Ernst Ludwig Kirchner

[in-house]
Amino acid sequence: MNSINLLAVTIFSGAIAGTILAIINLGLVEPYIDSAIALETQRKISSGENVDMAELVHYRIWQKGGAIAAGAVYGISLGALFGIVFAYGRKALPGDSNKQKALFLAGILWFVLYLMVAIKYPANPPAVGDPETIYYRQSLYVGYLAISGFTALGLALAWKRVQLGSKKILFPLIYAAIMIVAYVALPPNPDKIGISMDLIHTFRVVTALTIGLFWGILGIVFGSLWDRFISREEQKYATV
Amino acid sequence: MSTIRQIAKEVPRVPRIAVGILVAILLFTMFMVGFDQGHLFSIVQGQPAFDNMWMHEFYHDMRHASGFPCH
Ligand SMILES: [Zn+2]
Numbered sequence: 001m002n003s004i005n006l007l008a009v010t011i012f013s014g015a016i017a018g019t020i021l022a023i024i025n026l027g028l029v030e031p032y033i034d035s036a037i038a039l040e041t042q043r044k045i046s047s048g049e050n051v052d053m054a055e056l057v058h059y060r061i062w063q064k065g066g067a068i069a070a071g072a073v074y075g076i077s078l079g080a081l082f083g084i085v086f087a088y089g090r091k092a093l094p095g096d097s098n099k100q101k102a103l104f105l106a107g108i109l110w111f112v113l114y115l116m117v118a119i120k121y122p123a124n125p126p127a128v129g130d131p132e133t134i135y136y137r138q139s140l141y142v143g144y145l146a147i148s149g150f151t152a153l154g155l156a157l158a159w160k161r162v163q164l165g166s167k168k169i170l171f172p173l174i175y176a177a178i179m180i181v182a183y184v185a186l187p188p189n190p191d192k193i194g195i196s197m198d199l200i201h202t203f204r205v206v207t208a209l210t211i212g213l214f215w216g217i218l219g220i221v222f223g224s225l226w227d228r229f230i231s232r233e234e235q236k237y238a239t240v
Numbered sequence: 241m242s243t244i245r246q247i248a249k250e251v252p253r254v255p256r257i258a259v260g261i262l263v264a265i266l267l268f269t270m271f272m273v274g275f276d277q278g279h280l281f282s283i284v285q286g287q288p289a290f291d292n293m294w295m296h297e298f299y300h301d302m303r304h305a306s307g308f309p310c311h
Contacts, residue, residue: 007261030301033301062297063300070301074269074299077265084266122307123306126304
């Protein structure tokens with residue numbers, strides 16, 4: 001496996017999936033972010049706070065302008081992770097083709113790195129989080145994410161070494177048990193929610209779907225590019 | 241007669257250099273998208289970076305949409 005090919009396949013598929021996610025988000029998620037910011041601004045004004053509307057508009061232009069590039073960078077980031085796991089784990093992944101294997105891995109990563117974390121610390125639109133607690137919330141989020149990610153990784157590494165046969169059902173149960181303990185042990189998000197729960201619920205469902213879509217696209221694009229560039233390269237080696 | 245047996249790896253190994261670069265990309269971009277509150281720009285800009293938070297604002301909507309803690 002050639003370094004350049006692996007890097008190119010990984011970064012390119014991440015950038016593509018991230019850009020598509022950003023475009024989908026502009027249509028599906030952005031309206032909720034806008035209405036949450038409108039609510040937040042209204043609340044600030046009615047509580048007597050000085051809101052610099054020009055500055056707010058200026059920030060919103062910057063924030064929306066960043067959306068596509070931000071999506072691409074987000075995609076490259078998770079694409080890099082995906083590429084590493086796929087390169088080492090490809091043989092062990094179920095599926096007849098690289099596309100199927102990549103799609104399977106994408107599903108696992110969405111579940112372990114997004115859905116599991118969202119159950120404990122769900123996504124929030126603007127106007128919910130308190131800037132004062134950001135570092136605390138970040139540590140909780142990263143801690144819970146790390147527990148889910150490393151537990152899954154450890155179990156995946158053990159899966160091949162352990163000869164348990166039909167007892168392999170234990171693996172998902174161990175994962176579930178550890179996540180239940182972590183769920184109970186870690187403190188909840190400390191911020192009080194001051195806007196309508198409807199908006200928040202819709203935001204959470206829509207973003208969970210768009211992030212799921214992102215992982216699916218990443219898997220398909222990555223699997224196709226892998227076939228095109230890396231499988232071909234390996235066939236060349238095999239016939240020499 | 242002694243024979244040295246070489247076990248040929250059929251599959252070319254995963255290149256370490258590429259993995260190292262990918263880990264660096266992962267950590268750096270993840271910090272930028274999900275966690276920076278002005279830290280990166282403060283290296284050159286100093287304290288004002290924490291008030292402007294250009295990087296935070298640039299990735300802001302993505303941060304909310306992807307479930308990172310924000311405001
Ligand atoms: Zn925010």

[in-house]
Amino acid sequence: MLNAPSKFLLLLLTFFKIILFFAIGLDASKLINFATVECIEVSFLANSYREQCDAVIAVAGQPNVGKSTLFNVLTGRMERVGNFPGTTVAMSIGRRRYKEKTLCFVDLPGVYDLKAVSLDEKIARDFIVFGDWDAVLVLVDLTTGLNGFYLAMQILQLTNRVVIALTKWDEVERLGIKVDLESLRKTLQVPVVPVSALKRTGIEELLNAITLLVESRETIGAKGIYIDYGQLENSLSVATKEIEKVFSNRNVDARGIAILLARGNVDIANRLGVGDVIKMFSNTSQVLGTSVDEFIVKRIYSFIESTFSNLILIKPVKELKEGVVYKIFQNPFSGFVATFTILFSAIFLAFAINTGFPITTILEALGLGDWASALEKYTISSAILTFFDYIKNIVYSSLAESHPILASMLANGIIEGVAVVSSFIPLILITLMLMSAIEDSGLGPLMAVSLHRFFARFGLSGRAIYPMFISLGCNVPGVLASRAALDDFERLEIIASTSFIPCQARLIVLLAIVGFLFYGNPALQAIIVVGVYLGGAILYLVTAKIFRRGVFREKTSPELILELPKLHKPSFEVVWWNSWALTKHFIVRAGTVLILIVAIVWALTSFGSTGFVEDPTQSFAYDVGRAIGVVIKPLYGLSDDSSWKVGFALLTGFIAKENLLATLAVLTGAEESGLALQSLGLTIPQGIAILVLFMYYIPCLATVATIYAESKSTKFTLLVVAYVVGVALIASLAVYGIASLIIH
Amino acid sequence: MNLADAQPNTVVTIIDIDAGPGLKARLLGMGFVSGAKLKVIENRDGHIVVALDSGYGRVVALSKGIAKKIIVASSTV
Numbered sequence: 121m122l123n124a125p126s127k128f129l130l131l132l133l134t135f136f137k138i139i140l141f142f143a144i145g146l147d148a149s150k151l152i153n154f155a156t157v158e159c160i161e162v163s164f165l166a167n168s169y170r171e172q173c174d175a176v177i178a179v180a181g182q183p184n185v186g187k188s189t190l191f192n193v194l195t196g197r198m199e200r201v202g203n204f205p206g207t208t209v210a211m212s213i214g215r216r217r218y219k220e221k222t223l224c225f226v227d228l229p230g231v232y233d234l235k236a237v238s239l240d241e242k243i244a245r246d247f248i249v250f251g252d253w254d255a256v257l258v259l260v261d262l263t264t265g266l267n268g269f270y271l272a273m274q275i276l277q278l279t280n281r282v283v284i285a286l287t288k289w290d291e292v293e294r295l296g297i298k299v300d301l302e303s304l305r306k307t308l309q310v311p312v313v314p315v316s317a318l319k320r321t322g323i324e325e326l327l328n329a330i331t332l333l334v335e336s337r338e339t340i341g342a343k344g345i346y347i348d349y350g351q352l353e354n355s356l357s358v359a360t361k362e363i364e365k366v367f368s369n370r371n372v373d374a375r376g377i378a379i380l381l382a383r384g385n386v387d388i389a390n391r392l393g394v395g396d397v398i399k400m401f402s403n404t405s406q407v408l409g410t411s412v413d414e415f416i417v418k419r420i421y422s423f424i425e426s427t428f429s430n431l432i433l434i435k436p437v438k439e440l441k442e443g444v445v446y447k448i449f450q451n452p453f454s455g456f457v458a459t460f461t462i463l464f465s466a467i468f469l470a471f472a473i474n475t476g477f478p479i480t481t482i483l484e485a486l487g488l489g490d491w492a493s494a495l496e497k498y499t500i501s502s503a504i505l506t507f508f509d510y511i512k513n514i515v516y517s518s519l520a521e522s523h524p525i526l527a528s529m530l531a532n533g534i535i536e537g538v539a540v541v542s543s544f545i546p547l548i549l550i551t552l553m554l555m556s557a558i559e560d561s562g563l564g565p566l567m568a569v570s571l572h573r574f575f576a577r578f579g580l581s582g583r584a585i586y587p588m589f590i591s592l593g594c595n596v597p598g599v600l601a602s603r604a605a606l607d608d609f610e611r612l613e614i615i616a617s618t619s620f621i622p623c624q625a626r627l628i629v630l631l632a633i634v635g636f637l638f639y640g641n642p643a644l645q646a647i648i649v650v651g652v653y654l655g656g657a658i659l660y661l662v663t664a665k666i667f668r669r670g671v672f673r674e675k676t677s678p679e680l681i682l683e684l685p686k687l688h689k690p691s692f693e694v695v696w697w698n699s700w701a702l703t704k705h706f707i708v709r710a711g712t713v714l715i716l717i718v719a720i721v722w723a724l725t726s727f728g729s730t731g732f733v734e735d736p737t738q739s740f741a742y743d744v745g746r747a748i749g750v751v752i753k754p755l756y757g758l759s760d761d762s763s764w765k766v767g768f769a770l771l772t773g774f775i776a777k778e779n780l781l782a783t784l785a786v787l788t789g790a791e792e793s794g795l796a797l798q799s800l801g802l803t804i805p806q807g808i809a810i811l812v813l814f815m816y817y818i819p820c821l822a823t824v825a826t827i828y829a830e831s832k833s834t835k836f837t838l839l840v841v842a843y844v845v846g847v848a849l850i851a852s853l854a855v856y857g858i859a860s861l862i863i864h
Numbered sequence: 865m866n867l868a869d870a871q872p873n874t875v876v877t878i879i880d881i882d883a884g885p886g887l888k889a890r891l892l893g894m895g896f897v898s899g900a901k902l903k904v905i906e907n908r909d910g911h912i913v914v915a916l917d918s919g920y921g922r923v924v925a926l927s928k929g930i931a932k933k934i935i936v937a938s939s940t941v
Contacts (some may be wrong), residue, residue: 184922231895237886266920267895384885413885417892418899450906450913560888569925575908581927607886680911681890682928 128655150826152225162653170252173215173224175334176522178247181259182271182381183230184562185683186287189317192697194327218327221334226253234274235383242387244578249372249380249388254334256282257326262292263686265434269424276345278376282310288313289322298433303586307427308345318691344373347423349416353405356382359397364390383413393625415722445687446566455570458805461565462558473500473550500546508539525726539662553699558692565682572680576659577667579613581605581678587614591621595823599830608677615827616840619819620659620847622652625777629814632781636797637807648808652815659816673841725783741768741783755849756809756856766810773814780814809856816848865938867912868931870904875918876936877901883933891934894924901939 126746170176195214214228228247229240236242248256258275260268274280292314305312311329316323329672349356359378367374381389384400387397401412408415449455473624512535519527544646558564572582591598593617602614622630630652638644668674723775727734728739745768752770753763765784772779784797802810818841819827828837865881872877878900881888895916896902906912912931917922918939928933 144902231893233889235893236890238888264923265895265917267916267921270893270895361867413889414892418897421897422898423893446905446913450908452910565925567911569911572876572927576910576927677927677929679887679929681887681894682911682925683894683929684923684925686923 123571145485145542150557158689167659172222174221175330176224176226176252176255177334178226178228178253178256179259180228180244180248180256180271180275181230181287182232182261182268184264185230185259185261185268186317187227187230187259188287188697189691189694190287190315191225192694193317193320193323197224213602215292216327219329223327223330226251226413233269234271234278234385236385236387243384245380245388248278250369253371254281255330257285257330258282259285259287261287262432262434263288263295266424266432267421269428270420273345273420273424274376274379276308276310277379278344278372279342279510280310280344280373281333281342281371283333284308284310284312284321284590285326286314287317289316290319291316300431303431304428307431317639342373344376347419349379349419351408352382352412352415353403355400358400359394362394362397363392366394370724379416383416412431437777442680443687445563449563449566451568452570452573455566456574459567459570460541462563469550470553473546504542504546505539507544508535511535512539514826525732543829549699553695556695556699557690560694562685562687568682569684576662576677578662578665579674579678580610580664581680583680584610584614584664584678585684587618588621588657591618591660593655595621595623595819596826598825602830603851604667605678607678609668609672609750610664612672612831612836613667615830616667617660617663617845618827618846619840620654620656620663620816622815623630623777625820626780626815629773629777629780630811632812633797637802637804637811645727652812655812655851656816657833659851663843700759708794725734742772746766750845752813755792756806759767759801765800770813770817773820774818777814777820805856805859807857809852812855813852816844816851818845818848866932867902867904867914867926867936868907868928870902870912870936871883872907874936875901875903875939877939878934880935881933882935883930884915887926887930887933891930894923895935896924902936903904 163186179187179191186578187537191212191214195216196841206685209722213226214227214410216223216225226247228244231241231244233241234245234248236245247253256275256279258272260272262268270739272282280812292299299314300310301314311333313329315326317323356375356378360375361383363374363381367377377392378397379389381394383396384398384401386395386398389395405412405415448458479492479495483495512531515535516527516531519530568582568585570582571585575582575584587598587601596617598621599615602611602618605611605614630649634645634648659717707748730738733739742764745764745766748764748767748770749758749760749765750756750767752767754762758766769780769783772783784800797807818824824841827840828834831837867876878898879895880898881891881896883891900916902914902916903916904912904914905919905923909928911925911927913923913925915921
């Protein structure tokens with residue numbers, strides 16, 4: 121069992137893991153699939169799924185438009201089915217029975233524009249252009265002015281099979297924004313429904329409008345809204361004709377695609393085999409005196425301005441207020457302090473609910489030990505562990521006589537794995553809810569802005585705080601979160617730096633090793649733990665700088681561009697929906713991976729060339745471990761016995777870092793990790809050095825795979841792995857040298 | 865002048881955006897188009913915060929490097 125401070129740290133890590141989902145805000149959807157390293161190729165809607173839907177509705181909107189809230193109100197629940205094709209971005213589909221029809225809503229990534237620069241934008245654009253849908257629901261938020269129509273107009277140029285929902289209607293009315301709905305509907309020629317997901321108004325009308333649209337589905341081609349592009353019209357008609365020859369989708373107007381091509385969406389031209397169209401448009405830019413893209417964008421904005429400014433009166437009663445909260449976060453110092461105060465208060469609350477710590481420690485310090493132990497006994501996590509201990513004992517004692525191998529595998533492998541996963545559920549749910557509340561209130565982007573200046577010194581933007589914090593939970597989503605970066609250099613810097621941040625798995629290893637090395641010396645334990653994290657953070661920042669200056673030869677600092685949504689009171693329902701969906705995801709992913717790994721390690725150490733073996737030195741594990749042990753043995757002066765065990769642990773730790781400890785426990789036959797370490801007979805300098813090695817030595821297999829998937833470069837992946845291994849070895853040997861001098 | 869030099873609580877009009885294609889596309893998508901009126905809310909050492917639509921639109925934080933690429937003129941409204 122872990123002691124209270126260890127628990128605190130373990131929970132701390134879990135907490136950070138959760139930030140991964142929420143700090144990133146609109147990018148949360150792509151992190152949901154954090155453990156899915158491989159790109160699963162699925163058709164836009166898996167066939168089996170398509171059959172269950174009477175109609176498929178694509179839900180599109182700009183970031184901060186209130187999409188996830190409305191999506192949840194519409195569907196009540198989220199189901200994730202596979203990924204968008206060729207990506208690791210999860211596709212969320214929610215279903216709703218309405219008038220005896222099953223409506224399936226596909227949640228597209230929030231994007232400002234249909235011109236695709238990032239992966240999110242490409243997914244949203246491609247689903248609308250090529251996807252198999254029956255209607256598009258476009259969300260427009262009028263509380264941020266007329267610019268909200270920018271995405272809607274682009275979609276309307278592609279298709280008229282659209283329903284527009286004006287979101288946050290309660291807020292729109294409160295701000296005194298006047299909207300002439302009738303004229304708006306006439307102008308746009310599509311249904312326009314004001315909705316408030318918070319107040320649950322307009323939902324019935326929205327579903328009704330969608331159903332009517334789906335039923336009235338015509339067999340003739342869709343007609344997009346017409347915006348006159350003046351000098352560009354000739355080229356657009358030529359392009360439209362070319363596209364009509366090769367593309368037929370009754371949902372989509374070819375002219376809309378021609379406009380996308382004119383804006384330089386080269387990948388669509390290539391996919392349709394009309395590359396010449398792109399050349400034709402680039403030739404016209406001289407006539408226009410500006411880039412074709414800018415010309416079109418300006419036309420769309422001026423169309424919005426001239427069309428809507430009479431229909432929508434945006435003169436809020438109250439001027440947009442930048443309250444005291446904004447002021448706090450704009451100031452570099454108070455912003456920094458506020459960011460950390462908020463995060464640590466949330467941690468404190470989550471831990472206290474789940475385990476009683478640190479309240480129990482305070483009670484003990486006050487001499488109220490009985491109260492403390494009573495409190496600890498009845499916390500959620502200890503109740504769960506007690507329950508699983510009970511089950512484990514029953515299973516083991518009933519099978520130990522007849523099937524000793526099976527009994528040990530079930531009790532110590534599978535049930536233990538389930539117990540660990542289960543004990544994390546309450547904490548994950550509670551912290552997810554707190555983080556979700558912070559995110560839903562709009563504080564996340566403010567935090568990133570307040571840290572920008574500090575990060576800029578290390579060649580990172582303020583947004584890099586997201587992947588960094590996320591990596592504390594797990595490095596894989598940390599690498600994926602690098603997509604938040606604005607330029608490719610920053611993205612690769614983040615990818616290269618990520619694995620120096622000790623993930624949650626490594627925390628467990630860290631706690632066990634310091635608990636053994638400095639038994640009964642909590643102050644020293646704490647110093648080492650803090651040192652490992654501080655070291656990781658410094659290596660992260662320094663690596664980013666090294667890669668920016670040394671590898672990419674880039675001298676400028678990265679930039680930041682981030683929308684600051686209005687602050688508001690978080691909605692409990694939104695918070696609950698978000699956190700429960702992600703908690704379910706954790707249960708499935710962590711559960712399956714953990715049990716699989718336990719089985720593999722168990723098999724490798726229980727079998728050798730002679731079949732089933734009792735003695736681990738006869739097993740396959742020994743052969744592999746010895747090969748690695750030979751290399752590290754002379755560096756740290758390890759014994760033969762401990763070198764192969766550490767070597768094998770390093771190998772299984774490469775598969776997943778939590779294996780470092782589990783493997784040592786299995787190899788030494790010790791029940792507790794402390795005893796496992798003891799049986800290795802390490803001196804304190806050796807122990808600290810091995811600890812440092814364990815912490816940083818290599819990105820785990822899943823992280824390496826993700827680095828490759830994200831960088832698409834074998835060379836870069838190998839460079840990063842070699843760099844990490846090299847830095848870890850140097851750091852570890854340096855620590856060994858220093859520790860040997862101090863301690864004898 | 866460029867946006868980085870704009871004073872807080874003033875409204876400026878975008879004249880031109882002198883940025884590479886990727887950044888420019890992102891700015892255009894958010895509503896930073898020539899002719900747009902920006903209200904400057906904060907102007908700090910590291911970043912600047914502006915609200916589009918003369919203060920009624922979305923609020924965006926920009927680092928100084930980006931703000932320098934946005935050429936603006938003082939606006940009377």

Ernst Ludwig Kirchner (1880-1938) was a German painter and printmaker. Born in Aschaffenburg, Bavaria, Kirchner studied painting and architecture informally in Dresden before founding Die Brücke, an artists’ group considered to be the birth of German Expressionism, with Fritz Bleyl, Erich Heckel, and Karl Schmidt-Rottluff in 1905. Inspired by the work of Vincent van Gogh and Edvard Munch, the group rejected academic art in search of a more authentic means of expression. In 1911, Kirchner moved to Berlin, and the group disbanded two years after. Known for his use of vibrant color and emotional tension, by the mid-1910s Kirchner had gained a devoted following and his art was being exhibited and collected. After suffering a nervous breakdown, he moved to Davos, Switzerland in 1917, though he would continue to have his work exhibited in major German cities throughout the 1920s. Inspired by his rural surroundings, his work began to depict the peaceful nature of the mountains and freedom from civilization, contrasting from his early interest in the chaos and cruelty of the city. In 1937, more than 600 of his pieces were confiscated by the Nazis in their campaign against Degenerate Art and either destroyed or sold. The next year, after suffering from depression and mourning the loss of his work, Kirchner took his own life.